Graphs are indispensable if one is to make sense of large data sets. Kraig W. pointed us to some of the "bump charts" he made of the 2007 Tour de France, and indeed they are quite powerful. (Because of the amount of data, you'd need to see the pop-up image to make sense of it.)
As someone who only has cursory knowledge of the Tour, I learnt a lot from this graph alone. The chart traced the ranking of each rider through 20 stages in the competition.
- Roughly, I am aware that the winner wears the yellow jersey so the yellow line traces the progress of the eventual champion. I also know that the green jersey has something to do with sprinting and so I surmise from this chart that the sprint stages are close to the beginning of the tour and the best sprinter either lost interest or faded away over the course of the race.
- At least the green jersey winner didn't bail out of the race. Another thing we see is that about 180 riders started on day "0" and about 140 finished the tour. (The hash marks on the right play a crucial role here.)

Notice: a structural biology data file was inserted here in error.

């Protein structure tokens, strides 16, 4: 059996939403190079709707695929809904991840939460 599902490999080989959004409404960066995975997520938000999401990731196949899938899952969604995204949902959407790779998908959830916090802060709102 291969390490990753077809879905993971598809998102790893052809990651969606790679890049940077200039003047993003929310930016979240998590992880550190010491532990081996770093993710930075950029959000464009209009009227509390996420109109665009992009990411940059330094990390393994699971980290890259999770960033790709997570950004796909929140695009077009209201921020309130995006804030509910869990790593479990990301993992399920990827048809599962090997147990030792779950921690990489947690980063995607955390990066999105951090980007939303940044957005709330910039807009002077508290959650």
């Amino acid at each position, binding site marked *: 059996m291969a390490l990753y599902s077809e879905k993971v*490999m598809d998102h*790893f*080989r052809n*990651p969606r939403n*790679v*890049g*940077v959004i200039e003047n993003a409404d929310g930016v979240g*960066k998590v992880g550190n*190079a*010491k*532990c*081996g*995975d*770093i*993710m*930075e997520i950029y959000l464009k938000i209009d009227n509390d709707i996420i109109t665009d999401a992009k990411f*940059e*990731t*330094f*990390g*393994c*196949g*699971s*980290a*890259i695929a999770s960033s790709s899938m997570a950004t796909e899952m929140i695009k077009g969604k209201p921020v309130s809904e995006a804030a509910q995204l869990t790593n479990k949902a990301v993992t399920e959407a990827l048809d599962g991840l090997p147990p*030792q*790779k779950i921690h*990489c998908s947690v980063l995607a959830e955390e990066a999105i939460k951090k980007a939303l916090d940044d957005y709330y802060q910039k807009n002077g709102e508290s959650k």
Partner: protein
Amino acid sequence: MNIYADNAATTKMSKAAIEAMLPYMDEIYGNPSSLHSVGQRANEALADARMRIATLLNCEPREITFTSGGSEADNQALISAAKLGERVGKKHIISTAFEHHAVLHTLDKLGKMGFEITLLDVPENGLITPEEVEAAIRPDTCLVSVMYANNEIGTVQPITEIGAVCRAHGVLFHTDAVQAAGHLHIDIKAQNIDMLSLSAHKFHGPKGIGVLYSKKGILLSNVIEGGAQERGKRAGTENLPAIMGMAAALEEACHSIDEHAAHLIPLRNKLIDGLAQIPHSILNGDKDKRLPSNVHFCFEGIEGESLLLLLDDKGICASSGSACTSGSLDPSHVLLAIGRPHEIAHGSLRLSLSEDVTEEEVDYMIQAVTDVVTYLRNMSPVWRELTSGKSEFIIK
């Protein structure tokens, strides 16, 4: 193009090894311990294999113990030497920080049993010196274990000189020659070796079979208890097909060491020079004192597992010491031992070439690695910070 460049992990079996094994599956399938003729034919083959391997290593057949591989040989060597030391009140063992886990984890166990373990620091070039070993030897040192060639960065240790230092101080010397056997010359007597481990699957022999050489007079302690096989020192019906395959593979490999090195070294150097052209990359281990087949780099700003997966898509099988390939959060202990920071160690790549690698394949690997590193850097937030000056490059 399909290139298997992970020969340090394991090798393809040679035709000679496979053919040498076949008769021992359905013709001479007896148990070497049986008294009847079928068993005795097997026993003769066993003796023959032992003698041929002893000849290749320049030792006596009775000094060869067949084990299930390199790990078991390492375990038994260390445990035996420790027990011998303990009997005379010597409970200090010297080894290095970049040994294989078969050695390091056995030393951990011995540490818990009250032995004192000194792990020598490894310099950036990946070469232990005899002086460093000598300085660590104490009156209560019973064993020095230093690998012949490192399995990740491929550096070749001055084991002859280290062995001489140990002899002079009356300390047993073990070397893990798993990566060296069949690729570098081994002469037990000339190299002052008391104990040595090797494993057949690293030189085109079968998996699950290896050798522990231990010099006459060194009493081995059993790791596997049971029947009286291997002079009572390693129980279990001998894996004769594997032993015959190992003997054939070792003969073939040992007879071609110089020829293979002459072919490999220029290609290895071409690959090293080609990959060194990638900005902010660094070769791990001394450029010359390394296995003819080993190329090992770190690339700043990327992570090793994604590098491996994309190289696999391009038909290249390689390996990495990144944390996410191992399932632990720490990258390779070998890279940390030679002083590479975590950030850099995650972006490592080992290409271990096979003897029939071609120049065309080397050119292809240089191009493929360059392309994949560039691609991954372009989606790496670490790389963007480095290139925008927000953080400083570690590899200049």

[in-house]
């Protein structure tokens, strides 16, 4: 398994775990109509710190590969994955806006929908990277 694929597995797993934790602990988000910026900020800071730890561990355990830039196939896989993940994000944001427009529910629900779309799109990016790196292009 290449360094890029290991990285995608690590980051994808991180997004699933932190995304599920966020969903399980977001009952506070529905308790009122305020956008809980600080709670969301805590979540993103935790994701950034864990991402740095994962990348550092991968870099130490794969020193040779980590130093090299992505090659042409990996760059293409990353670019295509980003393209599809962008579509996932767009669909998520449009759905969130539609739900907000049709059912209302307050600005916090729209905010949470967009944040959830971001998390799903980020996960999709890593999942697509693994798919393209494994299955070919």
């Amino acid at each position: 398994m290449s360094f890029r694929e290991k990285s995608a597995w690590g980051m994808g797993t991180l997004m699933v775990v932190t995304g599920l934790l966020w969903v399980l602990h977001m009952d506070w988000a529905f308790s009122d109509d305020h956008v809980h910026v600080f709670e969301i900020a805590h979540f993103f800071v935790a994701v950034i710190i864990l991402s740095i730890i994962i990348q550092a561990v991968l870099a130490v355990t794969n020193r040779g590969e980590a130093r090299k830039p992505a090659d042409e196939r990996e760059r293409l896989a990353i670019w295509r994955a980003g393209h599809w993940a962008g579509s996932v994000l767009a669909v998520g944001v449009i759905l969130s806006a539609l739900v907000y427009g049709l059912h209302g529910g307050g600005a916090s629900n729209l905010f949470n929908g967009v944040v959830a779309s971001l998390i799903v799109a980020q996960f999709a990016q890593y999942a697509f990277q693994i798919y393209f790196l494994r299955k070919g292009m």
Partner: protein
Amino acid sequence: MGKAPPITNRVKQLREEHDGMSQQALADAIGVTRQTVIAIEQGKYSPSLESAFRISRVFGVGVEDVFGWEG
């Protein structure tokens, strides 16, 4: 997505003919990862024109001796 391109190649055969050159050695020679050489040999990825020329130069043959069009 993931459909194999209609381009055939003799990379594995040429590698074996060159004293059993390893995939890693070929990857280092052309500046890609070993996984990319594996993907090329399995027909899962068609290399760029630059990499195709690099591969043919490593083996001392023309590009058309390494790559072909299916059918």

- The bailout lines (that shoot to the skies) should be removed because the same information is provided in the gradual step-down of the lines. Not least because these "explosions" are very ugly.
- Especially intriguing to me is that variance in effect on ranking of different stages. Some stages like 1, 2, 5 and 6 pretty much preserved the ranks. However, stages like 5, 7 and 8 resulted into wholesale redistribution of ranks: not small changes either. Is this tactical movement dictated by the teams or stage-specific influence?
- Then, for stages 9 and 14, only the front half of the ranks were shaken. Stage 13 also stood out: here, almost everyone shifted ranks but only by a little.
- I'm not sure what the pre-Tour ranking comes from (stage -1). The Tour organizers certainly did not reference those.
- I'd imagine that if different teams were plotted with different colors, we may see team tactics in motion.
Would it have been better to plot the "lag times from the leader" rather than ranks? Hard to say. Plotting time differentials will tell us more as ranks remove the magnitude information. However, it can cause the chart to look even more messy.
Graphs are efficient in transferring knowledge. Imagine having to stare at a large table of rankings instead!
Source: BikeTechReview.com, KDUBlog, July 30 2007.